Thursday, February 01, 2007

'Hobbit' human 'is a new species'





"People refused to believe that someone with that small of a brain could make the tools," said Professor Falk.

She said the Hobbit brain was nothing like that of a microcephalic and was advanced in a way that is different from living humans.

A previous study of LB1's endocast revealed that large parts of the frontal lobe and other anatomical features were consistent with higher cognitive processes.

"LB1 has a highly evolved brain," said Professor Falk. "It didn't get bigger, it got rewired and reorganised, and that's very interesting."


Which begs the question: how small can a brain be and still be considered "intelligent"?

It's tempting to wonder how many other "hobbit"-like species might await discovery . . . and if any of them made the evolutionary cut before we did.

4 comments:

razorsmile said...

Which begs the question: how small can a brain be and still be considered "intelligent"?

I'd have to say, a whole lot smaller than ours.

Here's what we know:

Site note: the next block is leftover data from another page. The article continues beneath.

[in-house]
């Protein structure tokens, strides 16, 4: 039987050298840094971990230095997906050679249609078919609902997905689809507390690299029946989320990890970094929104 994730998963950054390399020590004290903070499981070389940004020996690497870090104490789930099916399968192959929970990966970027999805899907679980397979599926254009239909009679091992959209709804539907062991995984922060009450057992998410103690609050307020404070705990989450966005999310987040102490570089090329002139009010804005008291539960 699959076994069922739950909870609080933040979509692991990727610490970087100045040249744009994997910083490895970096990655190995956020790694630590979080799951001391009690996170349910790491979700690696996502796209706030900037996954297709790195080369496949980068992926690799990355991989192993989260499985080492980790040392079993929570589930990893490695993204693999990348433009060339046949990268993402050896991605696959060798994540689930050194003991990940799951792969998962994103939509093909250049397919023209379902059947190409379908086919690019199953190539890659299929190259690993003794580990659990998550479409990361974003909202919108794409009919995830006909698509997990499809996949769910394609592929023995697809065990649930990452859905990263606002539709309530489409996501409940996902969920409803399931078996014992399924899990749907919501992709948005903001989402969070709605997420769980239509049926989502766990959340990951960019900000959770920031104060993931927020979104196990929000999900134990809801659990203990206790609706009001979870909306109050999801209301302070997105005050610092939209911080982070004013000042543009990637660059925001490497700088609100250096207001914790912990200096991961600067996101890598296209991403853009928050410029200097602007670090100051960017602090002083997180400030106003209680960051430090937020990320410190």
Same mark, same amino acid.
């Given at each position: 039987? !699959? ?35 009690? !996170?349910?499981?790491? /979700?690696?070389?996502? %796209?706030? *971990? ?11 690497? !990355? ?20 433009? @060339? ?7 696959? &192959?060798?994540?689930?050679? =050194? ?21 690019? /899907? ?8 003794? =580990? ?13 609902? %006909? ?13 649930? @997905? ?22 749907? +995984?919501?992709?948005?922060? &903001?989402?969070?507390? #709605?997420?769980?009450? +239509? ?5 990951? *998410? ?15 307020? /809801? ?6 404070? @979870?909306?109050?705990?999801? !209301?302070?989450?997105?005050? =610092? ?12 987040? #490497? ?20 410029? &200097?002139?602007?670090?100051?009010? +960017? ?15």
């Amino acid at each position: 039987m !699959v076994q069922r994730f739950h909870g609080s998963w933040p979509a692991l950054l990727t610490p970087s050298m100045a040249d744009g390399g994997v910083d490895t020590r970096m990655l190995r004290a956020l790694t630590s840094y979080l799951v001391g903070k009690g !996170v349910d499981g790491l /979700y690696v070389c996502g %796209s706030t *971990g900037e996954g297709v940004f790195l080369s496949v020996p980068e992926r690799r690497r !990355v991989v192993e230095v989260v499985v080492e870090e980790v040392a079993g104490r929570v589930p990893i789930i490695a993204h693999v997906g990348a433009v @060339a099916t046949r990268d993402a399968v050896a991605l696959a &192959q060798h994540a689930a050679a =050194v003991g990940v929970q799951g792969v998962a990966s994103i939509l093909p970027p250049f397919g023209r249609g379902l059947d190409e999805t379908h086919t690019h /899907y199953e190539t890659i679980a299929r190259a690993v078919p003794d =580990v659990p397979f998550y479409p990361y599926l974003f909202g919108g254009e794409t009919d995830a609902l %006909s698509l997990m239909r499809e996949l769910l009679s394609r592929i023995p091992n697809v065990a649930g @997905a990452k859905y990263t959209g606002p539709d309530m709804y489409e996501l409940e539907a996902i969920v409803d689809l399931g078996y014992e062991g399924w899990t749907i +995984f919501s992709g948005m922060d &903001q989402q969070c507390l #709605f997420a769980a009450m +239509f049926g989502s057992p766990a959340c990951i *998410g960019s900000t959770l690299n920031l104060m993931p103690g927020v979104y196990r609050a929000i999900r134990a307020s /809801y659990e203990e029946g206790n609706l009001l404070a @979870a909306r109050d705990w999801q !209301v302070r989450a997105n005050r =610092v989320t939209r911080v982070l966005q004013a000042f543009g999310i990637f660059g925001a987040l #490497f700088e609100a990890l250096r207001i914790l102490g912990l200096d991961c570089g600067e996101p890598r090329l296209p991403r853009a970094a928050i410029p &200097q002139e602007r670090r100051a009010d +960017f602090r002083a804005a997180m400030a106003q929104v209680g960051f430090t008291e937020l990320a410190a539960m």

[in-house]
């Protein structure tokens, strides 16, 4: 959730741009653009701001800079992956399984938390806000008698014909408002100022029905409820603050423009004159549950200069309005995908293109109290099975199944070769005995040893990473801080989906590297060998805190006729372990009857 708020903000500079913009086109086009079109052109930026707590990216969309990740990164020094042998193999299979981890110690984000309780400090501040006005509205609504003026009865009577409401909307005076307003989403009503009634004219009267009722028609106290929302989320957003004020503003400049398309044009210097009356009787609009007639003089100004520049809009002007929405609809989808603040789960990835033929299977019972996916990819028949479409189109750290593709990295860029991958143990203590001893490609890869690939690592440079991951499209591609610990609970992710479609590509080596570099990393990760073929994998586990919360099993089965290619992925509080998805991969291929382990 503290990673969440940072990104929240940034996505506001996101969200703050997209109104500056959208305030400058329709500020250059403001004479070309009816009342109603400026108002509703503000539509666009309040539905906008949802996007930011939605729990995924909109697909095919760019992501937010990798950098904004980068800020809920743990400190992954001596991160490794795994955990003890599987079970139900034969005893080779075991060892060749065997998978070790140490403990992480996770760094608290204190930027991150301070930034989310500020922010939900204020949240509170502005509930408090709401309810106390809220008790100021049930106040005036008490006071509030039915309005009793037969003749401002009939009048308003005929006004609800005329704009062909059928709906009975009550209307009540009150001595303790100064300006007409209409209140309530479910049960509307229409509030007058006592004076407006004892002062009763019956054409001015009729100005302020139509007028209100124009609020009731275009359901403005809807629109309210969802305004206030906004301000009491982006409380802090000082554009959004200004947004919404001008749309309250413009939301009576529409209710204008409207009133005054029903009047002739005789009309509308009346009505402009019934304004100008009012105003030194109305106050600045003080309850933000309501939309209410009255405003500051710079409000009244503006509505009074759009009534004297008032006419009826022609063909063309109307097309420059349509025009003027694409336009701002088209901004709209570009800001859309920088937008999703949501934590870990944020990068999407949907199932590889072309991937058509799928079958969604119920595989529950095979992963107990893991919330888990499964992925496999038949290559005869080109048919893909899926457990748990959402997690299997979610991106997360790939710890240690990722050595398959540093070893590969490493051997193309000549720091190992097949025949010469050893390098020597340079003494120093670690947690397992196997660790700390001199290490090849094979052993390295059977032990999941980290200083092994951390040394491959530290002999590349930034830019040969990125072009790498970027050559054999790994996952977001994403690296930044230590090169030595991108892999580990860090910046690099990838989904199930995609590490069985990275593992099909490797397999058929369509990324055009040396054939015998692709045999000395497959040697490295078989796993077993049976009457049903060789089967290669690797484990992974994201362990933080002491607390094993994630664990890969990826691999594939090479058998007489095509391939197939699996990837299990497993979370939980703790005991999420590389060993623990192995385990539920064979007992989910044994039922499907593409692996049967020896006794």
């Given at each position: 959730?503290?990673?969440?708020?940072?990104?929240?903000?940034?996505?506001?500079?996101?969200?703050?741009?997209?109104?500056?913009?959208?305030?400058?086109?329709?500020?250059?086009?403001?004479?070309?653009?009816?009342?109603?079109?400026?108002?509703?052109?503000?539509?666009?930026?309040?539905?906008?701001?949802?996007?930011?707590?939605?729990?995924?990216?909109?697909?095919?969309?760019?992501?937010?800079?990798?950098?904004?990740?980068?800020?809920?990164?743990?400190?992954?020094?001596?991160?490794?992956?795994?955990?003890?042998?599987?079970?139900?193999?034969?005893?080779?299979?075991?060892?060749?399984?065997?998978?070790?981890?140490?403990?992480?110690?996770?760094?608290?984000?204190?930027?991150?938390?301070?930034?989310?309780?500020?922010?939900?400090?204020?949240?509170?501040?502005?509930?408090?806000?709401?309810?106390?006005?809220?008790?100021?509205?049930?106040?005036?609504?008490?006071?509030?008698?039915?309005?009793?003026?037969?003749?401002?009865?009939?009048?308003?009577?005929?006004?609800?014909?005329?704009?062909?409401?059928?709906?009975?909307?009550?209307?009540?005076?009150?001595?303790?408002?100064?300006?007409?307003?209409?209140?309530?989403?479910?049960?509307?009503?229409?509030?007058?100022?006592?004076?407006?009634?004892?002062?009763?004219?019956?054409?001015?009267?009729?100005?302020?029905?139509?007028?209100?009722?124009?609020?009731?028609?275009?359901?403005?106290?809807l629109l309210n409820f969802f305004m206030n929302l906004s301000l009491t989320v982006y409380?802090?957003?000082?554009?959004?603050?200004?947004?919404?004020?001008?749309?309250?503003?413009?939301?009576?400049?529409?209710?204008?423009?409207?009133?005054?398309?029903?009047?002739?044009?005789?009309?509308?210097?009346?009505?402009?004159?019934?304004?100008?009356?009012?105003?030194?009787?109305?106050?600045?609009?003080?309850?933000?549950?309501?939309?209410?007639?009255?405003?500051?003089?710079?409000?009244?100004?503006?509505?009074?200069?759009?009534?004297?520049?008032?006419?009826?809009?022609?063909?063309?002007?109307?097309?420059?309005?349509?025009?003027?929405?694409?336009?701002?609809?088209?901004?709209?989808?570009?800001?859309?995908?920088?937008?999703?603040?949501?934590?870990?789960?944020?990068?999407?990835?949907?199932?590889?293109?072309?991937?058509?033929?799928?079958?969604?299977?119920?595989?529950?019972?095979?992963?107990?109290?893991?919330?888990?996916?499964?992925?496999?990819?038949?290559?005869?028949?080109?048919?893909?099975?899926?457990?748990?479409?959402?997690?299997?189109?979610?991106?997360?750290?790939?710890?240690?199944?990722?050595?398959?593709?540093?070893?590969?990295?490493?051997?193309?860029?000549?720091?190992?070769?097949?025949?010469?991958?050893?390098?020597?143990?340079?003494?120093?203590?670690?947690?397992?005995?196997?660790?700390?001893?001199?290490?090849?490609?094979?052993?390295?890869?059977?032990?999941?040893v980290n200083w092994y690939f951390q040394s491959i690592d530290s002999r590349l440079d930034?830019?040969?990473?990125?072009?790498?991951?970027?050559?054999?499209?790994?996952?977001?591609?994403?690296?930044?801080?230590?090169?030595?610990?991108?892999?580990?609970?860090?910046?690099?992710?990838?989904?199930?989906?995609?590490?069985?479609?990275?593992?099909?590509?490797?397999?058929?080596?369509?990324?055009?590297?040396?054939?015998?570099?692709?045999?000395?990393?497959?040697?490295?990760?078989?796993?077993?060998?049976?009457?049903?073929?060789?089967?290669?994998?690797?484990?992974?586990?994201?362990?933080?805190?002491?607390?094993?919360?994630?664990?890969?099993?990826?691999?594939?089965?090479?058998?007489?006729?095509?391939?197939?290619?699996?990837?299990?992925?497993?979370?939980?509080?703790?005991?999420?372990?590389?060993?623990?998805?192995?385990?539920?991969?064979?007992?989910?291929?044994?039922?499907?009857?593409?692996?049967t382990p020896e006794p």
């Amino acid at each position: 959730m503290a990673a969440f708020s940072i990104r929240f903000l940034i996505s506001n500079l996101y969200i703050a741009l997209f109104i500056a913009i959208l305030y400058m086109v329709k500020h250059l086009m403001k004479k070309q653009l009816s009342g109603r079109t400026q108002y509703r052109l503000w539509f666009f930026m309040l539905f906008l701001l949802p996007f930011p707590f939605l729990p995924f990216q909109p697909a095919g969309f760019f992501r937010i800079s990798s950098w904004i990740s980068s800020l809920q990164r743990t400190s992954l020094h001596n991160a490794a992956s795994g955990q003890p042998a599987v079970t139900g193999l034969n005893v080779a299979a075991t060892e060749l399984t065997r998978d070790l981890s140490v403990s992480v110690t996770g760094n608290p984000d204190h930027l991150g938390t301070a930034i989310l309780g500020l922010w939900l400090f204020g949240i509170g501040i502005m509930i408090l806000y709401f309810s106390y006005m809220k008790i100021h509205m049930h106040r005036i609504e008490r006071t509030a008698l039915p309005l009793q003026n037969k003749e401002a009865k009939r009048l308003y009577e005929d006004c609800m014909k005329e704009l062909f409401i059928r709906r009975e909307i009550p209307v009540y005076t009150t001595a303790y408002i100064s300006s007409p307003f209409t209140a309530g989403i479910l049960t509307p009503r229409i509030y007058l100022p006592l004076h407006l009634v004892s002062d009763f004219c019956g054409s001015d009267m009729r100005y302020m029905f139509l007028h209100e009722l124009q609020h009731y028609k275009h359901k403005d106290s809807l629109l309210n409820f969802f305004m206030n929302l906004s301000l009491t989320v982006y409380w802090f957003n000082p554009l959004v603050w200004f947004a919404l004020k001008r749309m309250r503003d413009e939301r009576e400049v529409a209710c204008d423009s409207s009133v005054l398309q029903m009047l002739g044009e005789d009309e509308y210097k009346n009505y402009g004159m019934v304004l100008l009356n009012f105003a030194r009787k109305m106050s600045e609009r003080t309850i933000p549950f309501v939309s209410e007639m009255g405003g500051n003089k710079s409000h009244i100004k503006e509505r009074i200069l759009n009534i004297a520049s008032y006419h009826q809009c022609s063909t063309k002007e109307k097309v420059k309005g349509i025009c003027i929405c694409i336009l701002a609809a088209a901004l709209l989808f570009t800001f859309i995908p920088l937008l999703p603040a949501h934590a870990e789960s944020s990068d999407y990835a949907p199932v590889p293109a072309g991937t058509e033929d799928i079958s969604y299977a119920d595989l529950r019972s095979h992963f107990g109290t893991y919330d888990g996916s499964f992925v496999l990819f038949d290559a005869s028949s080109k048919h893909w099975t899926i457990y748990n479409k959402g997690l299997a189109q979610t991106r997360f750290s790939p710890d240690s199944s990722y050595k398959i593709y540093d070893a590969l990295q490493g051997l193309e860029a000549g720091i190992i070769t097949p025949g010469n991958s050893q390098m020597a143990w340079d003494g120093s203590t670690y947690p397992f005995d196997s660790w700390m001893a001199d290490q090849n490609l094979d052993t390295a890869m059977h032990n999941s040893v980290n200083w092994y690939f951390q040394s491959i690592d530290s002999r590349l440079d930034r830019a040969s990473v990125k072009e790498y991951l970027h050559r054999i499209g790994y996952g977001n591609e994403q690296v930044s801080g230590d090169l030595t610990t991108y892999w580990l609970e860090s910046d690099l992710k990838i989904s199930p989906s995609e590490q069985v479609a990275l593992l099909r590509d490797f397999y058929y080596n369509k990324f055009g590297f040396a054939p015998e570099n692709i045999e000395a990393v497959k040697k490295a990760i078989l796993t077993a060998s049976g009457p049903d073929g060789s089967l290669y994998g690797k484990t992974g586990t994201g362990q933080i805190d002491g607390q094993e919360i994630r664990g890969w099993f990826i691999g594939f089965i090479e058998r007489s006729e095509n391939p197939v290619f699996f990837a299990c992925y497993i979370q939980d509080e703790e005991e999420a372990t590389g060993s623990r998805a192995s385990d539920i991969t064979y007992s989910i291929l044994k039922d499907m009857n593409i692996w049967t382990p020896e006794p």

- software can compose music

- and write research papers

- and fiction

These are crappy little expert systems, not huge terabyte-consuming programs. You could probably fit all three on a decent flash drive or a current generation PDA, if you insist on an OS for running them.

How big is the algorithm for the ability and willingness to learn?

Anna Murphy said...

My husband and I argue all the time over whether our cat's brain is the size of a grape or a golf ball, but the fact remains that she outsmarts us whenever she puts her tiny mind to it.

But seriously, scientists proved long ago (after the decades of skull-measuring eugenics research) that there is no correlation between brain size and intelligence. It's the number of connections between your brain cells that count, not the amount of meat you've got in there.

Makes you wonder about that old saying that we only use 99% of our brain...

W.M. Bear said...

Way back when I studied evolutionary biology we learned that what was important was not absolute brain size, but the ratio of brain size to body size. It looks as though this is roughly the same for "hobbits" as for us, ergo they were/are at least as smart. The one in the illustration certainly looks like a badass hunter-dude. (And as Yoda says in one of the Star Wars movies -- I forget which one -- "Size doesn't matter." (Well, at least not where kicking imperial butt is concerned.)

Dustin said...

WM, that's interesting, and being a chemist who avoided biology like the plague I didn't know that. I always thought that "rearrangement" was the key in our evolution, not size or ratio. Thanks for the info. :-)